Long-Term Evolution and Changing Associations of Left Ventricular Hypertrophy after Starting HemodialysisTakeda A.a · Toda T.a · Iwamoto H.b · Watanabe K.c · Matsui N.a
aKidney Center, Tsuchiura Kyodo General Hospital, bIwamoto Clinic, and cWatanabe Naika Clinic, Ibaraki, Japan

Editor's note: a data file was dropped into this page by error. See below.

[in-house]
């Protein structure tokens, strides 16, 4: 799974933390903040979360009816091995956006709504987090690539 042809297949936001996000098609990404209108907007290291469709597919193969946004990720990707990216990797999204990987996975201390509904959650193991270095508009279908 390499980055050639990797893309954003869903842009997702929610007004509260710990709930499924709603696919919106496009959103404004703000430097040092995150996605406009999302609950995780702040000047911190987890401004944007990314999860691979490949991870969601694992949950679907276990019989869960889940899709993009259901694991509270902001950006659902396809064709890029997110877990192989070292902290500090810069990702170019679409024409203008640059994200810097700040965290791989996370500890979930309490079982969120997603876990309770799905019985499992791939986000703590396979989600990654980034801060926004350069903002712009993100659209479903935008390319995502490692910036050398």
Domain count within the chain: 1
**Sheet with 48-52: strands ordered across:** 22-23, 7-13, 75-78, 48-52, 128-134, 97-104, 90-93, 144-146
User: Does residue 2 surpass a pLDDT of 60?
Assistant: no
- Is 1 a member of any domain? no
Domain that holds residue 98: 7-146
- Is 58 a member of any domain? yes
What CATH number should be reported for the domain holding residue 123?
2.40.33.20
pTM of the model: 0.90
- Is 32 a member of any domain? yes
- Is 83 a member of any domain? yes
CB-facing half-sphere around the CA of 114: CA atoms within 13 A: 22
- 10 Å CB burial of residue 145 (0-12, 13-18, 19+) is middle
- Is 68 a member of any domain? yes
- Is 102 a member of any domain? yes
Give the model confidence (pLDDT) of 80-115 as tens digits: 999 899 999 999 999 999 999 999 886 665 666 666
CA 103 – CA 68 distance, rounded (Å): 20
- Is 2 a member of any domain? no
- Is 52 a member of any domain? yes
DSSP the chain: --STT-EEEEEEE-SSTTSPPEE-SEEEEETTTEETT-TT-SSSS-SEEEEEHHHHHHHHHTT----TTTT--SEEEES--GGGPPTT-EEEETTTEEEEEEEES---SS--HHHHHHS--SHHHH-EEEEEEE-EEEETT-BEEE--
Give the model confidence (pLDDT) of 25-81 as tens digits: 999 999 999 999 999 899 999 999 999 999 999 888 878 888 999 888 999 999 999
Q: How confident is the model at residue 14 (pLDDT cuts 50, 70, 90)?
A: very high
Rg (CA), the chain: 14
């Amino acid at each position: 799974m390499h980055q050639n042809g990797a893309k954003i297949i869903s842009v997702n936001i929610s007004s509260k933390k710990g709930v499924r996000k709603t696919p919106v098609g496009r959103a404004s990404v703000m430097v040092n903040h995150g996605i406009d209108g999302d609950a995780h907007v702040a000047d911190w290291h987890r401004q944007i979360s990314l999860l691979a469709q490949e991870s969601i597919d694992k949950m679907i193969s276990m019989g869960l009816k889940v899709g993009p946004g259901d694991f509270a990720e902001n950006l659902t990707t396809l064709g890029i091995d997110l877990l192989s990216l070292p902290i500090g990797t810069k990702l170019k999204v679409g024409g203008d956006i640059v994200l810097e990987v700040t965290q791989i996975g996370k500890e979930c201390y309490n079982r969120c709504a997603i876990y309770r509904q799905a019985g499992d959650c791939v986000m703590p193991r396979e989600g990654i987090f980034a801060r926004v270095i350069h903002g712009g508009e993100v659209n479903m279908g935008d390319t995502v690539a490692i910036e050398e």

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Background/Aims:Left ventricular hypertrophy (LVH) is prevalent in dialysis patients and is recognized as a potent risk factor for cardiovascular diseases. We examined the evolution of LVH after starting dialysis and the determinants of changes in LV mass. Methods: A cohort of 107 patients who had two or more echocardiograms at yearly intervals after starting hemodialysis was studied. Results: At baseline, the mean LV mass index (LVMI) was 145.8 g/m2 and 73 (68%) patients had LVH. During the mean follow-up period of 34.5 months, LVMI decreased by 3.9 g/m2. At last follow-up, the mean LVMI was 141.5 g/m2 and 68 (64%) patients had LVH. For changes in LVMI, a significant correlation was found in changes in systolic blood pressure, LVMI at baseline, changes in serum albumin concentration, and age. The relationship between changes in LVMI and systolic blood pressure was close during the 1st and 2nd intervals, but became weak gradually during the 3rd and 4th intervals. Conclusion: Many patients had LVH at starting hemodialysis and continued to have LVH thereafter. The most important determinants of LV mass changes were baseline LV mass and systolic blood pressure control, but the grade of reduction decreased gradually with time. These results suggest that active antihypertensive treatment should be started early to regress LVH and prevent cardiovascular diseases.
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